DDS Buffer Amp

So, i got some focus back into my home brewing with the goal to complete the receiver. The receiver is direct conversion, the DDS VFO is built, but as it outputs 270mV RMS, it is not powerful enough to drive a ring mixer that needs 7dbm or 1V RMS input. So a buffer amp was needed.

The buffer is pretty standard, common emitter gain stage with a common collector buffer. The DDS output is 200ohm, so a 4:1 transformer was used to drop the impedance down on the input. C1 is needed to block DC flowing into the transformer, as the bias voltage is set by the feedback resistor R4 and the transformer was loading it down so there was no bias voltage to the base of Q1.

Initially the Q1 emitter was to ground, giving about 10x gain, i found that this put me in the 3V RMS / 20dbm power range, much too high for a 7 or 10dbm diode mixer, so R2 was added to reduce the gain to about 3x. This gave me a nice 700mV RMS into a 50ohm load, 9dbm, close enough for now.


When running at close to 10x gain the waveform was full of harmonics, dropping the gain back knocked those on the head and the waveform is now nice and clean.


Looking at the output of the spectrum analyzer shows that first and second harmonics are way down compared to the desired frequency. So the dropping of gain certainly cleaned up the output a lot.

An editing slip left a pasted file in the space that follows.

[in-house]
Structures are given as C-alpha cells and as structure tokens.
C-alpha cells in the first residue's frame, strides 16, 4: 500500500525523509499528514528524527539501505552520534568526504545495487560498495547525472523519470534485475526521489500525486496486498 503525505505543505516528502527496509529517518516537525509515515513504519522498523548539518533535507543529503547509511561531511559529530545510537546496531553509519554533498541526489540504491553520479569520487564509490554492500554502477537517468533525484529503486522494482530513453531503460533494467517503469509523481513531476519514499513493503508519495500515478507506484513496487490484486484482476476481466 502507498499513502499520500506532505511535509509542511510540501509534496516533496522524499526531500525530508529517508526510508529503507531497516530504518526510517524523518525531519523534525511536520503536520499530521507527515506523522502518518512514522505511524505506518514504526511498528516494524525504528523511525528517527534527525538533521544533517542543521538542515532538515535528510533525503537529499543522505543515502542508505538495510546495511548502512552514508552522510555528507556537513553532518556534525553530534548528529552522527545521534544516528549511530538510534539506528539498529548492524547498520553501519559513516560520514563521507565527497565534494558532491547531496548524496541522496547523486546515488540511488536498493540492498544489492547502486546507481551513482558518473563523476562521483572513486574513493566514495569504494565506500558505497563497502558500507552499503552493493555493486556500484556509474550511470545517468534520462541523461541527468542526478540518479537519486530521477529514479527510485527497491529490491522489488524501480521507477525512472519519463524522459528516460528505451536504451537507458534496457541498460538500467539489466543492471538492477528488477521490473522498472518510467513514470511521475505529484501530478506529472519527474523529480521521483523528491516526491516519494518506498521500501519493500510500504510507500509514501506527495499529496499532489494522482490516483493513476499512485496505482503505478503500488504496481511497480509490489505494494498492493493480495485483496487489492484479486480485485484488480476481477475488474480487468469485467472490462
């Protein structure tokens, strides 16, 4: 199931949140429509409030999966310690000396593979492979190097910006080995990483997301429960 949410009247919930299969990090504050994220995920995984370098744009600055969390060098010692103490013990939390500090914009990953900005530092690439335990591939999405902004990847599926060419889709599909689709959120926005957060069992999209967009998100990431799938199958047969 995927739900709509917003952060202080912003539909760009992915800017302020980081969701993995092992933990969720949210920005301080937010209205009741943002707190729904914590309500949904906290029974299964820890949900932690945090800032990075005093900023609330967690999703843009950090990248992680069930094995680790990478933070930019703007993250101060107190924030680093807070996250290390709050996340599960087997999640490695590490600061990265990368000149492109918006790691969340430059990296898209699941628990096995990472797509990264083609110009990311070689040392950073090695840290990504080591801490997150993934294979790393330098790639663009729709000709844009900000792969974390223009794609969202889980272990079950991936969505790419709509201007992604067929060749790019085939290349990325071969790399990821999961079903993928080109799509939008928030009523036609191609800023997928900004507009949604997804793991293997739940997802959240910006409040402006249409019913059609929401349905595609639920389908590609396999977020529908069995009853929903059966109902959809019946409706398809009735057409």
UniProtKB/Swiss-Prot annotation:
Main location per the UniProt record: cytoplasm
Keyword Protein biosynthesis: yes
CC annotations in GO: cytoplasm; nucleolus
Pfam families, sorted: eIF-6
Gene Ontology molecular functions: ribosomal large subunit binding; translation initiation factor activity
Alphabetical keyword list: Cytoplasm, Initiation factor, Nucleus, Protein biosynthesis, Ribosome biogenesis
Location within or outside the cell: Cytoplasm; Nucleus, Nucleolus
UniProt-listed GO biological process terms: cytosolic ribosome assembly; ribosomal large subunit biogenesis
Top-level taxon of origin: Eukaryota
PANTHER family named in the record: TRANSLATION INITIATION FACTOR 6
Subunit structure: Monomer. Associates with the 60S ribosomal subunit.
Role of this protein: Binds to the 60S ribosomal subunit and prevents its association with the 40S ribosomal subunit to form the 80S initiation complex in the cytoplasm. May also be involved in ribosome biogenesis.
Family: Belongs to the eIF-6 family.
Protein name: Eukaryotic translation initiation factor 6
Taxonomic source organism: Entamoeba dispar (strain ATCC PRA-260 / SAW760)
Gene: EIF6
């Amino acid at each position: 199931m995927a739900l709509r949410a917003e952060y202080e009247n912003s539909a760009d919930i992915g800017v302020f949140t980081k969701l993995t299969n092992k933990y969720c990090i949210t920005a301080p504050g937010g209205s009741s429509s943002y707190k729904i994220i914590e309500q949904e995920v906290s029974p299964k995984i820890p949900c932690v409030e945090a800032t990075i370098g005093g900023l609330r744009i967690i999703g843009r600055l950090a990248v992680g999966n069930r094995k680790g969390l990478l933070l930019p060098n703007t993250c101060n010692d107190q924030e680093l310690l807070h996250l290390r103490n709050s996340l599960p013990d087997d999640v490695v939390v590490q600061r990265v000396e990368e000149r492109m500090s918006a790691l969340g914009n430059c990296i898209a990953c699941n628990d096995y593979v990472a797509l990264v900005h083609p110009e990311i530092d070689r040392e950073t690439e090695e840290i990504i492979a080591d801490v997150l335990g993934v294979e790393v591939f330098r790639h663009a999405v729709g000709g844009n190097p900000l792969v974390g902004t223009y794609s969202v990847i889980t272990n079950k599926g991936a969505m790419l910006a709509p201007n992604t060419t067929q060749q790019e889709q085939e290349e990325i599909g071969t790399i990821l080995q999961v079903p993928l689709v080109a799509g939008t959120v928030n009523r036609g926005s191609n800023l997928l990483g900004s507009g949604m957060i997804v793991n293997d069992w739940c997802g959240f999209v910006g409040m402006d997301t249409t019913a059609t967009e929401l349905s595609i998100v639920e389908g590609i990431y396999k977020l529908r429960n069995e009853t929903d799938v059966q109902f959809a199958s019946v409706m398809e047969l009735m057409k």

And this is where we are at currently, DDS VFO, Arduino micro controller and buffer amp all assembled and confirmed working correctly. Next job is to add the mixer in, then start work on the front end, JFET LNA (Low Noise Amplifier) to follow the Low Pass Filter.



At anytime, there might be half a hundred dozen different things on my work bench slash radio desk that can take up my interest for a fleeting moment. It might be a new toy, a new component, or just something shiny.


I was reminded of this today when i picked up part of the Direct Conversion CW rig i have been building for what seems like forever. I had some boards build to house a micro controller and DDS unit and I started to fiddle about with it and noticed that the output was very low.

The DDS should be putting out about 250mv rms at 7mhz, but i was only seeing 50mv rms on the scope. Something was up and i had never noticed what or why before. Pulling things apart and checking things separately showed everything was working right, but when plugged into the board it all went wrong again.

Turns out, I was measuring things at different frequencies and amplitude out of the DDS depends on frequency. Measuring 40mhz in the board and 7mhz out of the board, but being distracted i did not notice my error til much later. So, i have now cleared off the work bench, the only things on it now are stages of the DC receiver and everything else i have been tinkering with has been shelved. Time to get some focus and get this things build already. So tonight, i will build the DDS buffer amp and add the mixer as well.

More to come on that soon. 🙂


PCB to CNC Tool Chain

So I thought i should write about the tools I use to take an idea for a circuit board and bring it to completion all nice and milled and sexy. I start in Sprint Layout 6. This is a windows program, but run perfectly under WINE on my Linux machine. Why Linux on the office computer, well, I dont like viruses and malware that hijacks my browser functions, and Linux fits that bill perfectly.